Until someone finds the Fountain of Youth, leadership changes in organizations are inevitable. Large corporations and small family-owned businesses all have to deal with it. But sometimes they appear to occur at the wrong time. Just as your lean journey appears to have some momentum, all of a sudden the leadership changes. The leadership change might be at a plant level, an executive level, or the CEO themselves. In any of these cases, leadership changes can cause shifts to our momentum. But we're caught by surprised. And anytime that we're caught unprepared for something that is inevitable, we have only ...

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Jeff Liker

Jeff Liker: Developing the next generation of leaders

By Jeff Liker, - Last updated: Wednesday, November 2, 2011
As Steve pointed out succession planning is the key, except that succession planning means different things in different organizational contexts.  Many large companies pride themselves on succession planning and have elaborate IT systems and human resources has developed formal career paths.  In a lean organization, if Toyota is any guide, these types of systems are only superficial for screening.  One of the problems with trying to transform a traditional organization to lean is in fact the way the senior management was developed.  They are often focused only on results and pay lip service to developing leaders who can follow a ...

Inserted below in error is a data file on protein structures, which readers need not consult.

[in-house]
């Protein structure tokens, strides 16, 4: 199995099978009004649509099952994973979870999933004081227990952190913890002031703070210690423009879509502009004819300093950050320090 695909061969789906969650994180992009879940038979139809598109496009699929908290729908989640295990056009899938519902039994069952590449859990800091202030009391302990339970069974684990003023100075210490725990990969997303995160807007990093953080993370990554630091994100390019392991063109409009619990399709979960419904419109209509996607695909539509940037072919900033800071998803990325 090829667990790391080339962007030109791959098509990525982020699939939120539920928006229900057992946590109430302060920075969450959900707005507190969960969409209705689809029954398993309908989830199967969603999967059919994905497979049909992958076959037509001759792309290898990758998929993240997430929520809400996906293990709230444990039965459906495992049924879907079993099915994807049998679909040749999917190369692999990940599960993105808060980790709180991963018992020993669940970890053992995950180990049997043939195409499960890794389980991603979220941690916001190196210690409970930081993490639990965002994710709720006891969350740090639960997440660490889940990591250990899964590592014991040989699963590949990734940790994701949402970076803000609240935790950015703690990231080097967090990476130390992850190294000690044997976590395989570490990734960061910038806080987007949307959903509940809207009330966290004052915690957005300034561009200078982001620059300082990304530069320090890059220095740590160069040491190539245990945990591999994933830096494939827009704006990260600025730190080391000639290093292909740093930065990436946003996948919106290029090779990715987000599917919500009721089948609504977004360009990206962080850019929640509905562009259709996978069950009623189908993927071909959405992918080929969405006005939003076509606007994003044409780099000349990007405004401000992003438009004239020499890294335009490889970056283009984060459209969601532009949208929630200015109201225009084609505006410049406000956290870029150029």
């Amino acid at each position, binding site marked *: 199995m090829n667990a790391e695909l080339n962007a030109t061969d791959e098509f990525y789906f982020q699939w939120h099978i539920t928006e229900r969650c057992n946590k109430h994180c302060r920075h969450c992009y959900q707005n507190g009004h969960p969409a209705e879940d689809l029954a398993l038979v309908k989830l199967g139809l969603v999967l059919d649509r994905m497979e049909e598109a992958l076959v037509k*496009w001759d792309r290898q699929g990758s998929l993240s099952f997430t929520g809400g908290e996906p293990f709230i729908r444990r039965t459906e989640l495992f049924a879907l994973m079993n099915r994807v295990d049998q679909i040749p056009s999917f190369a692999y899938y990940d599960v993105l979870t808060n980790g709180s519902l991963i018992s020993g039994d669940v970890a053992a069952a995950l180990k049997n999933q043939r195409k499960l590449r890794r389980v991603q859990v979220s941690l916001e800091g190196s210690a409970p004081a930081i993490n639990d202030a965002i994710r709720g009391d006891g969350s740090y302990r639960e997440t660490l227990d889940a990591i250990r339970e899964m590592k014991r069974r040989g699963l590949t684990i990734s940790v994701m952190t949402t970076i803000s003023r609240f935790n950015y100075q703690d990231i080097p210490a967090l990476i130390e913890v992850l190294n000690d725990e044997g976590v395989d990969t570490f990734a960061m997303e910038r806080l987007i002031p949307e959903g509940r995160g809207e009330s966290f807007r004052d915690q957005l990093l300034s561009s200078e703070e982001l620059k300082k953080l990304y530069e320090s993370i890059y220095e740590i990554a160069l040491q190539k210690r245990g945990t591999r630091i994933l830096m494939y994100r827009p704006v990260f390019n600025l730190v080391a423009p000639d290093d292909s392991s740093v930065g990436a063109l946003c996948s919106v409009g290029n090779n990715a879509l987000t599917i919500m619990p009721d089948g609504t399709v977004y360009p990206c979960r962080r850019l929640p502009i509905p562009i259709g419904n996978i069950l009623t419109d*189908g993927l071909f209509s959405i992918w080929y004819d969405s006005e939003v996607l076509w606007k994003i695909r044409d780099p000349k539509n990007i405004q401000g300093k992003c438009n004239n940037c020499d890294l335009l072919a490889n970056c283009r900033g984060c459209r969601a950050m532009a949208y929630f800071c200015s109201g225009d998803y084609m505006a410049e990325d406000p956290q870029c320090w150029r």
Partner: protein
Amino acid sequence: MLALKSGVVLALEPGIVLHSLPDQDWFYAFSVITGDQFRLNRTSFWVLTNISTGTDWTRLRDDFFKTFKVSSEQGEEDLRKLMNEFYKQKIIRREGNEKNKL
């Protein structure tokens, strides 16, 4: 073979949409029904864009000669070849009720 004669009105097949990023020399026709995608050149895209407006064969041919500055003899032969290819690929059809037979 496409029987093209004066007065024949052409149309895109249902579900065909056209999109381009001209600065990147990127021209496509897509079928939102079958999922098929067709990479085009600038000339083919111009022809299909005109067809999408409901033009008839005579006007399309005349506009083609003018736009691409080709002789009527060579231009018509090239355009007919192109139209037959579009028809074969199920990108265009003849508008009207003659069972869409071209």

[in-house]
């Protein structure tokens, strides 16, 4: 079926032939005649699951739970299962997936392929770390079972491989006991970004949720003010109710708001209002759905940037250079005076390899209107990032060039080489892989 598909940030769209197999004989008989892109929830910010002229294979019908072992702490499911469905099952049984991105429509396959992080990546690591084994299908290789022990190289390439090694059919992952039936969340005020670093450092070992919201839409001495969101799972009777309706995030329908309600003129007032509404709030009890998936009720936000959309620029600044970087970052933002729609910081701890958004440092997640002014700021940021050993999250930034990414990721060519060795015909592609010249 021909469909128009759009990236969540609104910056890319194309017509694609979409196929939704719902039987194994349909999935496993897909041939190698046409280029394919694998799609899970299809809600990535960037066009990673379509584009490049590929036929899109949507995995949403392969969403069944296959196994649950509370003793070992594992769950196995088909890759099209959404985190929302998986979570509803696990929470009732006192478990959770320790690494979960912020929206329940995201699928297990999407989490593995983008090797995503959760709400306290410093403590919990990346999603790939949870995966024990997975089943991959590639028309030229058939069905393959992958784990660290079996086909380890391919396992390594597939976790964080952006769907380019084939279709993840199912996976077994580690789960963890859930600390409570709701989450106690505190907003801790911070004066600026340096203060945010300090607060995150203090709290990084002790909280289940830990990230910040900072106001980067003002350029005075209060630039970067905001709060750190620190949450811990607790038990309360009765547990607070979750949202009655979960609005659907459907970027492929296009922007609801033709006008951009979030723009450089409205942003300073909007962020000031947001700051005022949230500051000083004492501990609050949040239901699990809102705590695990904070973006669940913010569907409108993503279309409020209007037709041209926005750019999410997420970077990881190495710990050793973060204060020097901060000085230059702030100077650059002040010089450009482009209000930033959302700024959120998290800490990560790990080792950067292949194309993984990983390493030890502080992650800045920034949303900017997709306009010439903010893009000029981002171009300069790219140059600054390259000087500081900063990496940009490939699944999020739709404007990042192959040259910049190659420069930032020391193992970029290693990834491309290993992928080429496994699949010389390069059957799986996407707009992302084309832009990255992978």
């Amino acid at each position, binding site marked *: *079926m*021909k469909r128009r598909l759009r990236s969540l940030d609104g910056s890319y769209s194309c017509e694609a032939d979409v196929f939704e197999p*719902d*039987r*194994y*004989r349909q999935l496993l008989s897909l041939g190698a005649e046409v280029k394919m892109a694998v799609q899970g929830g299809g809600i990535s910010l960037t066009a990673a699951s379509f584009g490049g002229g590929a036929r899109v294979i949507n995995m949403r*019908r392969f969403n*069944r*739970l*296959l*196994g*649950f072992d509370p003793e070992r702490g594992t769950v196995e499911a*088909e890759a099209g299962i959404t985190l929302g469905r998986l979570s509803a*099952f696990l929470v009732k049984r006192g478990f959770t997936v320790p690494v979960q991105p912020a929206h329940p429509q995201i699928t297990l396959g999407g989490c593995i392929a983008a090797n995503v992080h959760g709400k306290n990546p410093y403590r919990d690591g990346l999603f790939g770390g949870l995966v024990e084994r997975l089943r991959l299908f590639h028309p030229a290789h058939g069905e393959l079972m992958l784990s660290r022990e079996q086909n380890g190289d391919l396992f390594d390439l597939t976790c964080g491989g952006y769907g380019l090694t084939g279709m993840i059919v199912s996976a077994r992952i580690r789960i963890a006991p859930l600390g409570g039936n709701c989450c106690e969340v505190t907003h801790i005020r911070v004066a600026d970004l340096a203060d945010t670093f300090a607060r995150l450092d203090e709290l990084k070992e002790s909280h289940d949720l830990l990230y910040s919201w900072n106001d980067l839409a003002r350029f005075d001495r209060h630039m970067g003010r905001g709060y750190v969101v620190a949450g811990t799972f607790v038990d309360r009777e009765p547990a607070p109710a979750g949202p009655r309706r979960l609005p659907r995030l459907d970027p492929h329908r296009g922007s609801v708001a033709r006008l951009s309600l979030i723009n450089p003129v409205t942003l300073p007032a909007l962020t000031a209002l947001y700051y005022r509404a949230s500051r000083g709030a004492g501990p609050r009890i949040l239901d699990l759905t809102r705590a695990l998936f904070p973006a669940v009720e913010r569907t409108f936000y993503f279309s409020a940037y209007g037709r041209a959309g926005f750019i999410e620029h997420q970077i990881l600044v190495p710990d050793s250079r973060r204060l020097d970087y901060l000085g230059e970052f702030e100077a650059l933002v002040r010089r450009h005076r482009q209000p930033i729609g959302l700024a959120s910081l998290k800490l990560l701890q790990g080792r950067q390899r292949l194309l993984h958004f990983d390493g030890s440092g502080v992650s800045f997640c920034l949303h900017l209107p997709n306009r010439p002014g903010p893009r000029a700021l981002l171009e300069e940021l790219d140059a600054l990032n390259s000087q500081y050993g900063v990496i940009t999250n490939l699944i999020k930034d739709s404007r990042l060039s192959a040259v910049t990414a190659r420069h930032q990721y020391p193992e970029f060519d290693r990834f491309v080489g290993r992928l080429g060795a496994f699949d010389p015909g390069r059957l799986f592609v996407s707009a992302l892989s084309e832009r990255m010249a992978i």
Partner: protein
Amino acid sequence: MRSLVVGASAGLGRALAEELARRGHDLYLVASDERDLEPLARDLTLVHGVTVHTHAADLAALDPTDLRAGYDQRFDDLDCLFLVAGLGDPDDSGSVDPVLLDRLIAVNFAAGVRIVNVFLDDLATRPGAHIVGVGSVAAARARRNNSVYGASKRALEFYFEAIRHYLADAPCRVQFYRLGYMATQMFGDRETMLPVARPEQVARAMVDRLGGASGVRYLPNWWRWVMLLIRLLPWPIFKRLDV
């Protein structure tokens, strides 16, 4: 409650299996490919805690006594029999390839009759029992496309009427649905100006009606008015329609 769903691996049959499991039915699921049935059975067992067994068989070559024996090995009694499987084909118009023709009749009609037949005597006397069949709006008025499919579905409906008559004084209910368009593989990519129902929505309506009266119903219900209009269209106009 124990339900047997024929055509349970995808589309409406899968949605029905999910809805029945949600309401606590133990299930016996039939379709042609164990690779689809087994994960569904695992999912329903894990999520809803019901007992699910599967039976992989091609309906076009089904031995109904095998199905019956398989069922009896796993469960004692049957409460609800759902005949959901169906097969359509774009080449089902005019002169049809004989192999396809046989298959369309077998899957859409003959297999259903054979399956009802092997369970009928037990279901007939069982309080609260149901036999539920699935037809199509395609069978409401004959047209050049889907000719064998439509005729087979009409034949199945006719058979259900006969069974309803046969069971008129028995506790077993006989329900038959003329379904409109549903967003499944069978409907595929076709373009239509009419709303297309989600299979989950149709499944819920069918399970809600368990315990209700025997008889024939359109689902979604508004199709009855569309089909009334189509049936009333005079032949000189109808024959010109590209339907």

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Steven Spear

Steve Spear: How do you select the next CEO for continuity in excellence?

By Steven Spear, - Last updated: Wednesday, November 2, 2011
The inability to maintain continuity with a firm's efforts around continuous improvement, operational excellence, and broad based product and process innovation has to be tied, in part at least, to poor succession planning and process. Be it the CEO or board, there must be some criteria of critical skills and capabilities that leadership candidates must posses to be deemed likely at success.  One couldn't imagine a contender who either lacked some demonstrated competency in finance, marketing, strategy and the like or who had no plan to acquire those competencies before taking over. Unfortunately, the skills relevant to achieving operational excellence are too ...

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Pierre Vareille: How can lean survive a change in top management?

By , - Last updated: Wednesday, November 2, 2011
As we all know, Lean depends upon full support and real engagement from top management. However, this involvement cannot last forever, whereas Lean is a long multi-year or -decade journey. So the one-million-dollar question is: how can we make Lean survive a change in top management?
Art Smalley

Art Smalley: Toyota’s True North Concept

By Art Smalley, - Last updated: Tuesday, November 1, 2011
There are several points raised in this month's question about the concept of True North in Lean Thinking. First what is its role, second how can we define the concept, third in what way does it contribute to lean results, and fourth can lean be done without True North? I'll give my perspective on these topics one by one in the paragraphs below. True North is one of the common buzzwords of the past decade used to help explain parts of the Toyota Production System or Toyota Way. For starters I am not a big fan of buzz words like True ...